Maryland boy, age seven, suspended for making a gun from pastry

School officials suspended a seven-year-old boy before he could use a pretend gun made from pastry to harm others with blueberry filling. Photo: zero tolerance (Rick Townley)

DOTHAN, Ala., March 8, 2013 — There is a serious problem with our children. A rash of violence has broken out among children aged five to eight, and it involves Pop-Tarts, bubbles, and imaginary hand grenades. The future of our nation is in jeopardy, mothers and fathers are in a panic, and school officials are suspending children right and left trying to stop this outbreak of incredibly primitive behavior.

Last week a seven-year-old boy in Maryland chewed his Pop-Tart into the shape of a gun in the lunch room. School officials rightly suspended him before he could harm others with blueberry filling. Only weeks before, a five-year-old girl in Pennsylvania took her “Hello Kitty” bubble gun to school and was fortunately caught and suspended before other students could be senselessly pummeled with soap bubbles.

 A seven-year-old boy in Colorado was suspended after throwing a pretend hand grenade at an imaginary “evil box” on the school playground. Fortunately no others were injured by the pretend explosion. For the unenlightened, having a pretend hand grenade tossed at you can cause severe psychological scarring.

Those are just the latest behavioral threats to the new order; many more examples abound.

Even children who attempt to stop others from committing violent acts are part of the problem. A teenager in Florida disarmed another student who was brandishing  a handgun. Rather than wrestling the gun away, the teen could have simply advised the armed student that he was violating a gun-free zone. Perhaps the armed student just didn’t see the sign.

Zero tolerance is working and will one day be rightly recognized as a major contributing factor to the coming communal state.

How did zero tolerance come about? What kinds of horrific behavior in the 1950s and 1960s gave way to a new and improved way of doing things? Here is a sampling of how things happened then versus now – a comparison of 1963 versus 2013:

Scenario 1: Johnny and Mark get into a fist fight after school.

  • 1963 – A crowd of kids watch as Mark wins. Johnny and Mark shake hands and end up buddies.
  • 2013 – Police are called and they arrest Johnny and Mark. Both are charged with assault and both are expelled even though Johnny started it.

 Scenario 2: Jeffrey will not be still in class, he disrupts other students.

  • 1963 – Jeffrey is sent to the principal’s office and given a good paddling. He returns to class, sits still and does not disrupt class again.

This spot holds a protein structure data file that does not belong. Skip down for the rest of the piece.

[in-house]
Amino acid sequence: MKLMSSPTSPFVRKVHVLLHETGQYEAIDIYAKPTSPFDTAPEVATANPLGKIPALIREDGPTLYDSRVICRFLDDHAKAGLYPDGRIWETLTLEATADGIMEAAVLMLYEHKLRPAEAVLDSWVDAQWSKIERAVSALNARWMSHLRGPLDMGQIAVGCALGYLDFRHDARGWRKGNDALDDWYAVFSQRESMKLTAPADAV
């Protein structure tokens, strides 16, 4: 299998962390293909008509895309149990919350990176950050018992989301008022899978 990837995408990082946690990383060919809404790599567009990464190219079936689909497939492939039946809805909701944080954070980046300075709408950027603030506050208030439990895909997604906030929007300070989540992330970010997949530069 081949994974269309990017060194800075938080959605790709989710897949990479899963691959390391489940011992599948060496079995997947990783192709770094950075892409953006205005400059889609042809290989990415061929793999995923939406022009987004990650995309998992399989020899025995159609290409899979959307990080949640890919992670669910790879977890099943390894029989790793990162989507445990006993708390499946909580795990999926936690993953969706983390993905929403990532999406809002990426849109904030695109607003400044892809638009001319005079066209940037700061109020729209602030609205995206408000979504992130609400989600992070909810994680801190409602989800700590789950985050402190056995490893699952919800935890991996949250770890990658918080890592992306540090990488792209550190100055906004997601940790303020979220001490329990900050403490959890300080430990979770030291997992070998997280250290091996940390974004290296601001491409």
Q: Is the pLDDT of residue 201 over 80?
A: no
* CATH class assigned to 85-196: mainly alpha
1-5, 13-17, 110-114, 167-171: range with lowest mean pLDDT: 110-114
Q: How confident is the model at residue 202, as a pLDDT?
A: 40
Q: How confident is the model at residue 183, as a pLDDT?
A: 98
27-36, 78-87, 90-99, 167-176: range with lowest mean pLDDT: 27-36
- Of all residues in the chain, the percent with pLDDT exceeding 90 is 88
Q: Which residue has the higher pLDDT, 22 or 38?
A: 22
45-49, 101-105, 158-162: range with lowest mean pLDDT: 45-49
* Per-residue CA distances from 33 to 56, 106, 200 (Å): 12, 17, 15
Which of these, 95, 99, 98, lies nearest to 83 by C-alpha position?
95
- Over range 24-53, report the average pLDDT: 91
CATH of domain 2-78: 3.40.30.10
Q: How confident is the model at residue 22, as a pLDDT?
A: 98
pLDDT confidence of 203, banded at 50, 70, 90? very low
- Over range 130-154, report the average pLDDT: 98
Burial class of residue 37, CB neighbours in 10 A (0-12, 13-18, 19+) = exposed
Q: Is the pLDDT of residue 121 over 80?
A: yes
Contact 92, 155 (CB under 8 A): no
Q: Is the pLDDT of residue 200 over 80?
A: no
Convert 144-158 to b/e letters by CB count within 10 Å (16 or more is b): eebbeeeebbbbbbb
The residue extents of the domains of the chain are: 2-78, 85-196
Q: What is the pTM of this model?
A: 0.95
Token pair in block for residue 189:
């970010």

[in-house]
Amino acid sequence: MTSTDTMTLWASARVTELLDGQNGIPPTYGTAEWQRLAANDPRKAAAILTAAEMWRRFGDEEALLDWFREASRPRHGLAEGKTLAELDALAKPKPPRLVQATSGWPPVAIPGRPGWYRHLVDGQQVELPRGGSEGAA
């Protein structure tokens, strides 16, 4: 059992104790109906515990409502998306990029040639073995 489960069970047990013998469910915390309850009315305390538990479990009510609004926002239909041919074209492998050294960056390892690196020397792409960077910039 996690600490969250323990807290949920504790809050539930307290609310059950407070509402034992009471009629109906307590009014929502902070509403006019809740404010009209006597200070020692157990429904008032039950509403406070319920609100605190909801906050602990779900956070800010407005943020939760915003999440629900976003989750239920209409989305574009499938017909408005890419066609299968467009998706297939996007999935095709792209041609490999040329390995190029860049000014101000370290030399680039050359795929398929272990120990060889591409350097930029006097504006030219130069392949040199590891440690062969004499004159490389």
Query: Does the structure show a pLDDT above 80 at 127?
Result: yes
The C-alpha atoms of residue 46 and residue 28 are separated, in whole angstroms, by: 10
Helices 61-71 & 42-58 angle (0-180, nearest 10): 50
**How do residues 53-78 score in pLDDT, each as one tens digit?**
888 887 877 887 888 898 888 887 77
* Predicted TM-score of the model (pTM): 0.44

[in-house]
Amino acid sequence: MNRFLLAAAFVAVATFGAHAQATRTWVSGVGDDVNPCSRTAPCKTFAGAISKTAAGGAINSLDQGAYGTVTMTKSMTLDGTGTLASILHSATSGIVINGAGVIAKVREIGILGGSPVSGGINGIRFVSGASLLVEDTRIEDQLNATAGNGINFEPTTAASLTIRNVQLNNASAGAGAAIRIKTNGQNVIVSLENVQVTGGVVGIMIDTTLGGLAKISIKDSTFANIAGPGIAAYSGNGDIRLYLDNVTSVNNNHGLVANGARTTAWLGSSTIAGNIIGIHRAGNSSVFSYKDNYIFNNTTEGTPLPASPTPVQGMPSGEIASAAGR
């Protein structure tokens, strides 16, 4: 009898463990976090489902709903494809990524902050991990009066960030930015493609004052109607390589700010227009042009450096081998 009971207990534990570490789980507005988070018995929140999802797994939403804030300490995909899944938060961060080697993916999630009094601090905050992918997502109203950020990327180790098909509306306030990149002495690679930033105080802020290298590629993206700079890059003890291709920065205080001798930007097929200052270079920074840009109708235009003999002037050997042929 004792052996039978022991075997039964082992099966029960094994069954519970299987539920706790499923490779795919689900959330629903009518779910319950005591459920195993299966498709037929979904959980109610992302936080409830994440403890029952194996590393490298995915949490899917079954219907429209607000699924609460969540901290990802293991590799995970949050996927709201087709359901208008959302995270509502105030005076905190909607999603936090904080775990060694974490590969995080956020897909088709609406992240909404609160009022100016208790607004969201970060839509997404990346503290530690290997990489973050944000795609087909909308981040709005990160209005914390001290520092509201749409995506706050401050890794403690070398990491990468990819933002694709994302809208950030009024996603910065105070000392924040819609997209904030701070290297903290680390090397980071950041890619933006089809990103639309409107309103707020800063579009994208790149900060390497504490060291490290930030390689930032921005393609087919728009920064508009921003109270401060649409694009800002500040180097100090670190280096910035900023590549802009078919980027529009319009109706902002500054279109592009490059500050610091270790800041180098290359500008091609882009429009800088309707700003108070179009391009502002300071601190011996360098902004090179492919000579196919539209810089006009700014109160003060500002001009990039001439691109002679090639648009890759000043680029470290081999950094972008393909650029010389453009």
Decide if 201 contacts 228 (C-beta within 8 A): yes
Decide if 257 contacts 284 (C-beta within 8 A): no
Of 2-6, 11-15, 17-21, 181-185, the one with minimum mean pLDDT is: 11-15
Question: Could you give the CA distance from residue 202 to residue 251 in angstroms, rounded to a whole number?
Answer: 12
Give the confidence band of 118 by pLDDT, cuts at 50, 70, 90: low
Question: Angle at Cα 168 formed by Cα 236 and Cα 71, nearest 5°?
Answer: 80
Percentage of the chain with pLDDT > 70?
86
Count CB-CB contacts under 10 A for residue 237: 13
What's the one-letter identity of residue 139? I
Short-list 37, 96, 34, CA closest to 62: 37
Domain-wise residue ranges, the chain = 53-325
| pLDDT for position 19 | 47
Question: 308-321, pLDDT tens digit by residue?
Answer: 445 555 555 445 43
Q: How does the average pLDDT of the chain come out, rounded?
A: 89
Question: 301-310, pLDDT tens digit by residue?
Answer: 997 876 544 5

• 2013 – Jeffrey is tested for ADHD and put on Ritalin. The family gets extra money (SSI) from the government because Jeffrey has a disability.

Scenario 3: Billy breaks a neighbor’s window and his dad gives him a whipping with his belt.

  • 1963 – Billy is more careful next time, grows up normally, goes to college and becomes a successful businessman.
  • 2013 – Billy’s dad is arrested for child abuse, Billy is removed to foster care and ends up in a gang.

Scenario 4: Miguel fails high school English in his senior year.

  • 1963 – Miguel goes to summer school, passes English and goes to college, starts a successful telemarketing business and raises bi-lingual children who excel in school.
  • 2013 – Miguel’s cause is taken up by progressive liberals who claim teaching English as a requirement for graduation is racist. The ACLU files a lawsuits against the state school system and Miguel’s English teacher. Miguel is given his diploma anyway, but ends up mowing lawns for a living because he lacks English language skills.

Scenario 5: William takes apart leftover firecrackers from the Fourth of July, puts them in a model airplane paint bottle and blows up a bed of red ants.

  • 1963 – Ants die.
  • 2013 – ATF, Homeland Security and the FBI are all called. Johnny is charged with domestic terrorism. The FBI investigates his parents, all siblings are removed from the home and all computers are confiscated. Johnny’s dad is placed on a terror watch list.

Scenario 6: Jason falls while running during recess and scrapes his knee. He is found crying by a teacher, Mary, who hugs him to comfort him.

  • 1963 – In a short time, Jason feels better and resumes playing. His mom thanks Mary the next day.
  • 2013 – Mary is accused of being a sexual predator and loses her job. She faces thre years in state prison and is hounded by the national media.

A lot has changed in the last half century and hopefully even more things will continue change in the future. Until behavior modification drugs are made mandatory, until young minds are cleansed of impure thoughts, and until we attain a perfect communal state, our nation is in dire jeopardy of deteriorating into total anarchy.

In fact, if we are not careful, our American society could end up being just as violent and turbulent as it was in 1776.

READ MORE Rick Townley in It’s About Time

Be sure to get The Backstory and more at Rick’s author blog

This article is the copyrighted property of the writer and Communities @ Written permission must be obtained before reprint in online or print media. REPRINTING TWTC CONTENT WITHOUT PERMISSION AND/OR PAYMENT IS THEFT AND PUNISHABLE BY LAW.

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Rick Townley

Rick Townley was a bookseller before switching to electronic publishing with The New York Times, Reuters, Grolier and others. He is the author of a humor book, For Boomers Only – Exploring Life in the New Millennium, a supernatural novel, Stepping Out of Time, and numerous short stories. In addition to contributing to the Washington Times Communities, Rick is working on a fiction series called Stigma and resides in southern Alabama with his 7-year-old granddaughter, Chloe.


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